"Books are the plane, and the train, and the road. They are the destination, and the journey. They are home."
- Anna Quindlen
The Grip of It is an intensely unnerving book about everyday horrors made manifest in a haunted-house fever dream.
James and Julie are young urbanites who move to an old house in a small town, hoping the change of scenery will save their crumbling marriage. Away from the city, they believe, James will overcome his gambling addiction, Julie will move past her resentment of him, and they will restore the connection that brought them together in the first place. In the process, they plan to become the type of people they assume are happy: those who move at a slower pace, who get to know their neighbors, who patronize the local mom & pop establishments, who ensconce themselves in the charms of small-town life.
This endeavor neither begins nor ends well.
The book opens with a realtor showing off the property that will become James and Julie's new home, constantly drawing their attention to - and then dismissing - the strange buzzing noise that permeates the structure: "That's just the house settling." But the sound (moaning... like an incantation, some sort of ritual snarl) follows James and Julie everywhere they go, as does the strange grimy waterstain on the basement wall, the ominous drawings and unreadable superimposed script that appear throughout the house, and the myriad secret rooms and passages that keep revealing themselves - and then vanishing.
Even outside their (clearly haunted) house, none of James and Julie's plans seem willing to materialize. The local businesses refuse to serve them. The townspeople gossip about their home's tragic (but conflicting) history. The elderly next-door neighbor stares menacingly at them through the windows. Their jobs fall apart. Their friendships sour.
Various explanations for the couple's troubles are offered throughout the book, from sterile medical diagnoses to gaslighting abusers to festering restless spirits. None of these really fits the evidence, which remains elusive and contradictory and totally inexplicable. And yet there was always this sense of familiarity as I was reading this book, this prickly feeling of impending doom that I have experienced when suppressing destabilizing truths that I was not yet ready to accept.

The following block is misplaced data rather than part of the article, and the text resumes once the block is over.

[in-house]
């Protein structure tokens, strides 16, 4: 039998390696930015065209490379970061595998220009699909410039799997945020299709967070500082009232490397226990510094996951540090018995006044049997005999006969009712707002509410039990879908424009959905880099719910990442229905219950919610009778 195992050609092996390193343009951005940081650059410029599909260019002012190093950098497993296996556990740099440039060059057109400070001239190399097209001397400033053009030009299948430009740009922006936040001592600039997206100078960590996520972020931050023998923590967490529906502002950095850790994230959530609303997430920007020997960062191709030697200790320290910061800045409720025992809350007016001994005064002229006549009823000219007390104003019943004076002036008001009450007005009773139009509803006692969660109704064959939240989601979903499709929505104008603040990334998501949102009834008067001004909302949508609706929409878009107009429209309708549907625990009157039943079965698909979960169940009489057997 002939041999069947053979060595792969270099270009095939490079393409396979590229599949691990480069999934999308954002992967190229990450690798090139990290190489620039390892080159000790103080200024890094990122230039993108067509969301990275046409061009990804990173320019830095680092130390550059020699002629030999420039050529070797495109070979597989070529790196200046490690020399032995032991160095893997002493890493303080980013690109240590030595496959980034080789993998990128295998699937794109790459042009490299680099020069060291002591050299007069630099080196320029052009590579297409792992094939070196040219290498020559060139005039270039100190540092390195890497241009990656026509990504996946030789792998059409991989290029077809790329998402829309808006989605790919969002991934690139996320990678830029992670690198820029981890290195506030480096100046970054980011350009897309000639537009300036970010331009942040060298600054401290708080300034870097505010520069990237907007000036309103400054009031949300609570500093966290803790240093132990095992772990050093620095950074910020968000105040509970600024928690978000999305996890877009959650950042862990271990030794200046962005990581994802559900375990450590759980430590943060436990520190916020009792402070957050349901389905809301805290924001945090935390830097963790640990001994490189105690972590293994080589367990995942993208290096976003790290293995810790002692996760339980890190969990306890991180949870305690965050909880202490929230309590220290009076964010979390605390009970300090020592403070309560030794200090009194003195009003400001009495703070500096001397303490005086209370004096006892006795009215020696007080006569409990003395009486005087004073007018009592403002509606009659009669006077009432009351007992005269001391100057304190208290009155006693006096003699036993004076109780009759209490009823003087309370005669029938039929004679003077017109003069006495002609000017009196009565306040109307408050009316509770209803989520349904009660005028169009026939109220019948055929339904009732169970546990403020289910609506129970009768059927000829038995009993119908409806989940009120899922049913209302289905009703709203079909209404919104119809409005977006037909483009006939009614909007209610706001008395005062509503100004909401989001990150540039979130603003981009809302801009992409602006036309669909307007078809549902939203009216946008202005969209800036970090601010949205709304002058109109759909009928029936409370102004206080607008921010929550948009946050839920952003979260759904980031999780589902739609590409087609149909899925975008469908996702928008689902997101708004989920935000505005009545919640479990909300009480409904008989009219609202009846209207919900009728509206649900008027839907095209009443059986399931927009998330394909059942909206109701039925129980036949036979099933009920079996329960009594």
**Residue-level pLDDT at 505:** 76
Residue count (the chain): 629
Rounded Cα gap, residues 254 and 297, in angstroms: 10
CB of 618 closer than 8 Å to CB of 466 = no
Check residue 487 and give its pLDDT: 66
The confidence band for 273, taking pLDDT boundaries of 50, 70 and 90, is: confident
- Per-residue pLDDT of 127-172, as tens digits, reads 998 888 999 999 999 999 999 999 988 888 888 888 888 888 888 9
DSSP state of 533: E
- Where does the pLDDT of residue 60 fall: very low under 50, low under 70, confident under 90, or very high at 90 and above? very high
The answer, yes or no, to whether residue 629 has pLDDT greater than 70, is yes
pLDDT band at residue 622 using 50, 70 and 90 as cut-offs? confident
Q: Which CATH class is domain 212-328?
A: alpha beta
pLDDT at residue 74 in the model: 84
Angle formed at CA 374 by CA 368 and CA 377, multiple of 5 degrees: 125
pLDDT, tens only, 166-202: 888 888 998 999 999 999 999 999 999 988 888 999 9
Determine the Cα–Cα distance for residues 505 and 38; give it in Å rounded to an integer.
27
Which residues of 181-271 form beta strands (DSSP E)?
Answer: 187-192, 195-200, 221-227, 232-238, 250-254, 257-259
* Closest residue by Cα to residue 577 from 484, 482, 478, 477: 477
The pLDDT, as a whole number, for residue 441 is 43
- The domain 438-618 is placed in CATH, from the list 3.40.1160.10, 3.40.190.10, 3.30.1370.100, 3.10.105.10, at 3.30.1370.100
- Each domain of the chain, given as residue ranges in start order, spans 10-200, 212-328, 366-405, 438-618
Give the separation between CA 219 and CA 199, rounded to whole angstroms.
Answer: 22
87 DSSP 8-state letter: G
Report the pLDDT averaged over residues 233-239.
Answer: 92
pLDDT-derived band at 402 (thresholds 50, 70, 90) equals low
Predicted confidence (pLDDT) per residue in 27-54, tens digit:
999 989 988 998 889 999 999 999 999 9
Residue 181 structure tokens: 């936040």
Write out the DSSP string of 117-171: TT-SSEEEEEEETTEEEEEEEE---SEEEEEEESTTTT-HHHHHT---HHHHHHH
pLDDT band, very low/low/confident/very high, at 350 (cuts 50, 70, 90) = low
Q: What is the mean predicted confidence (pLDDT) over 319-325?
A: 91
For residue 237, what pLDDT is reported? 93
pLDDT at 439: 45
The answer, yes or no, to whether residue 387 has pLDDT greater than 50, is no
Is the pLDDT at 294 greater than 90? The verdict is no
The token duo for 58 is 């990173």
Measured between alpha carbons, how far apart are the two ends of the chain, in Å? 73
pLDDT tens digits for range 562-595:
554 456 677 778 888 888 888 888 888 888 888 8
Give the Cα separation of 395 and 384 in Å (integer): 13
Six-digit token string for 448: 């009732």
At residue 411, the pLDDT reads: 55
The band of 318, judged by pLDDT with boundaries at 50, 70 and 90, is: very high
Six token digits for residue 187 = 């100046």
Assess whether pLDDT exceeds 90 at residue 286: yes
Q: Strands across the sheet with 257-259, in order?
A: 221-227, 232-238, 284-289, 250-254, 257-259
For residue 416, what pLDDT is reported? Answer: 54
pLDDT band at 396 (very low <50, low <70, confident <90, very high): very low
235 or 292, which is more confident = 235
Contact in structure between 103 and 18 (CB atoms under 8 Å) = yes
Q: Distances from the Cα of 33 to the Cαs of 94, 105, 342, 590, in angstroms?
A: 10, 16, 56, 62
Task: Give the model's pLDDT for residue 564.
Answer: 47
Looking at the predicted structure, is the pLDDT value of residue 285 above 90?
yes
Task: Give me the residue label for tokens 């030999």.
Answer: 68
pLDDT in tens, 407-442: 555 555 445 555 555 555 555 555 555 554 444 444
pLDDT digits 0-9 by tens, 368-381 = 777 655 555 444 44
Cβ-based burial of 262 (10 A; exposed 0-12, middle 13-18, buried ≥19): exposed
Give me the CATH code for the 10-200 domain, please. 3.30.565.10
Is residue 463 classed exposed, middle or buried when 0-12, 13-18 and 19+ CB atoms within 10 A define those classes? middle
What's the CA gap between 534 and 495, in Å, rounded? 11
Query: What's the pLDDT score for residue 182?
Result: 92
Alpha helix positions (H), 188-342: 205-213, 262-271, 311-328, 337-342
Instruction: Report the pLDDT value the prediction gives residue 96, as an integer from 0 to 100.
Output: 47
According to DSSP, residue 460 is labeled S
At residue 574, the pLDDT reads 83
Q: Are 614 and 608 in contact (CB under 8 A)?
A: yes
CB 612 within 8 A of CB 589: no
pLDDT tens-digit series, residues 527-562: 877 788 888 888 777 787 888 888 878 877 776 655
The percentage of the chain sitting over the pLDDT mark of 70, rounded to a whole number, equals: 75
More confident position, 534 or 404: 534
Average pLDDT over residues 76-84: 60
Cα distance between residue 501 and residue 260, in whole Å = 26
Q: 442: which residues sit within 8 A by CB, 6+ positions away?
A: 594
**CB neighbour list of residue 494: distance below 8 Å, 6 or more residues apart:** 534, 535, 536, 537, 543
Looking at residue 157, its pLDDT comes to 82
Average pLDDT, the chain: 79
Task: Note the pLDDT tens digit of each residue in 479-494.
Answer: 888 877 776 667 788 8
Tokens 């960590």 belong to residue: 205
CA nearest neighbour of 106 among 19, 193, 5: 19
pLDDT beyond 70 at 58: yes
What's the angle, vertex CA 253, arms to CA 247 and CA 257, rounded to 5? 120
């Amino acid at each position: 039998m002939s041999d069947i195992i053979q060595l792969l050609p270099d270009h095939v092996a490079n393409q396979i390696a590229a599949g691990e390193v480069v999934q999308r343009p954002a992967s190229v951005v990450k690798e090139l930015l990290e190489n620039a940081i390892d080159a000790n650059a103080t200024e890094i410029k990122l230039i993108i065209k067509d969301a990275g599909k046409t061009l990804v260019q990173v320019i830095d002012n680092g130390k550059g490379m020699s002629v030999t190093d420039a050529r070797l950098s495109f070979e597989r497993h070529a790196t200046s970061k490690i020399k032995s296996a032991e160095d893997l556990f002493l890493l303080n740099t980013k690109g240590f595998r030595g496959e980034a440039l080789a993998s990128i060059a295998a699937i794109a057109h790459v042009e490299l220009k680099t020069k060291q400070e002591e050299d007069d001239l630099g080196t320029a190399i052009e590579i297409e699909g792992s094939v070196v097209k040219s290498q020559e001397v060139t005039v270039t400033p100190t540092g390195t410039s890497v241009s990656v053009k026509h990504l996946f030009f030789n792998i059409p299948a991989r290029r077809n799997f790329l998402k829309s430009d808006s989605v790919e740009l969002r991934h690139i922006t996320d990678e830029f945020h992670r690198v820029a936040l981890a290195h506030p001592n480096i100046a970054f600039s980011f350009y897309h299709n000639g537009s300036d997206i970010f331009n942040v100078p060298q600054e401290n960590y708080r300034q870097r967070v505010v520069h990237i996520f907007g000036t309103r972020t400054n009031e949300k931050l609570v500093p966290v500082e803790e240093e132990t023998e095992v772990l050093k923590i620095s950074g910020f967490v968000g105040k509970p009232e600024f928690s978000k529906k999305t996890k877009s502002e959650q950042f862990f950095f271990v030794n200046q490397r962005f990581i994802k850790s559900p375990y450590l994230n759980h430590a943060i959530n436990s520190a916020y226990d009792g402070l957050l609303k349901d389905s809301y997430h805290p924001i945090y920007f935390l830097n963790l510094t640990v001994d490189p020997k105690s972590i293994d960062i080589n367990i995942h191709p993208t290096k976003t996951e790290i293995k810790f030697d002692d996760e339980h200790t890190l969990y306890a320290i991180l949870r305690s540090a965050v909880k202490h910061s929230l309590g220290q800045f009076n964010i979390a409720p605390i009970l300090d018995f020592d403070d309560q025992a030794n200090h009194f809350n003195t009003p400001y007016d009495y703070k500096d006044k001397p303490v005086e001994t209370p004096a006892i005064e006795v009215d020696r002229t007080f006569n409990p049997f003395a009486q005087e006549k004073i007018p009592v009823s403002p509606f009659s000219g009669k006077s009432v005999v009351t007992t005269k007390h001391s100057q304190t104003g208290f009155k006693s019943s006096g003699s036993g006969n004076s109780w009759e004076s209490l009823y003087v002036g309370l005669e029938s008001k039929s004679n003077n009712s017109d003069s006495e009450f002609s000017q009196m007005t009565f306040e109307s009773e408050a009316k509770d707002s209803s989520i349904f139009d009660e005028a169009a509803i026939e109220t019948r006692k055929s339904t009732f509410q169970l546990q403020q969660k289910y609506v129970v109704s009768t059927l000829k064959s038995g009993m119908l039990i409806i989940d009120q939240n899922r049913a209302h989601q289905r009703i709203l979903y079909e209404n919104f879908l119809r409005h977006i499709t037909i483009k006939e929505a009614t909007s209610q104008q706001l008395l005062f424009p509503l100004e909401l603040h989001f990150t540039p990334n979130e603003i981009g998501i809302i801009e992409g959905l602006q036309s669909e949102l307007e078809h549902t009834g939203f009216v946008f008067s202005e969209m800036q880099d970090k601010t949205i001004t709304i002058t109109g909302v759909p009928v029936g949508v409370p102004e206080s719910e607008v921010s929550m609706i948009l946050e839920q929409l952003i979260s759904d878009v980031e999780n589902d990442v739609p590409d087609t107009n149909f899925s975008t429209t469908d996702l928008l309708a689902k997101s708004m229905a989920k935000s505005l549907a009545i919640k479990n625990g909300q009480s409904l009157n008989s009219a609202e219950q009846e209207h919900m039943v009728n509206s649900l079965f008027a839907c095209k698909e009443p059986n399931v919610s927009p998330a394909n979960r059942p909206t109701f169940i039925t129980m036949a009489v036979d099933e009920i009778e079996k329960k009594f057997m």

The novel’s title hints at how ominous it is - to be trapped in the thrall of this thing that you are not willing to name or describe. You resolve to ignore it, hoping that by sheer will you'll be able to continue your ordinary life, maintain a job, a relationship, friends, and hobbies. But it doggedly manifests itself - on your body, in your dreams, on the walls, in the neighbors' faces, in the droning, moaning sound at the limit of your hearing.
The opening paragraph describes this feeling perfectly:
Maybe we move in and we don't hear the intonation for a few days. Maybe we hear it as soon as we unlock the door. Maybe we drag our friends and family into the house and ask them to hear it and they look into the distance and listen as we try to describe it and fail. "You don't hear it? It's like a mouth harp. Deep twang. Like throat singing. Ancient. Glottal. Resonant. Husky and rasping, but underwater." Alone in the house, though, we become less aware of it, like a persistent, dull headache. Deaf to the sound, until the silence of ownership settles over us. Maybe we decide we will try to like the noise. Maybe we find comfort in it. Maybe an idea insists itself more easily than an action.
This, of course, will never work. Choosing to ignore or embrace the warning bells clanging in the back of your mind will not make them go away. Will not stabilize a situation you know is untenable. Will not conquer an unacceptable reality. Pretty soon, you’ll start spiraling out of control the way Julie and James do in this book.
It's not the house settling. I promise you, it's something worse.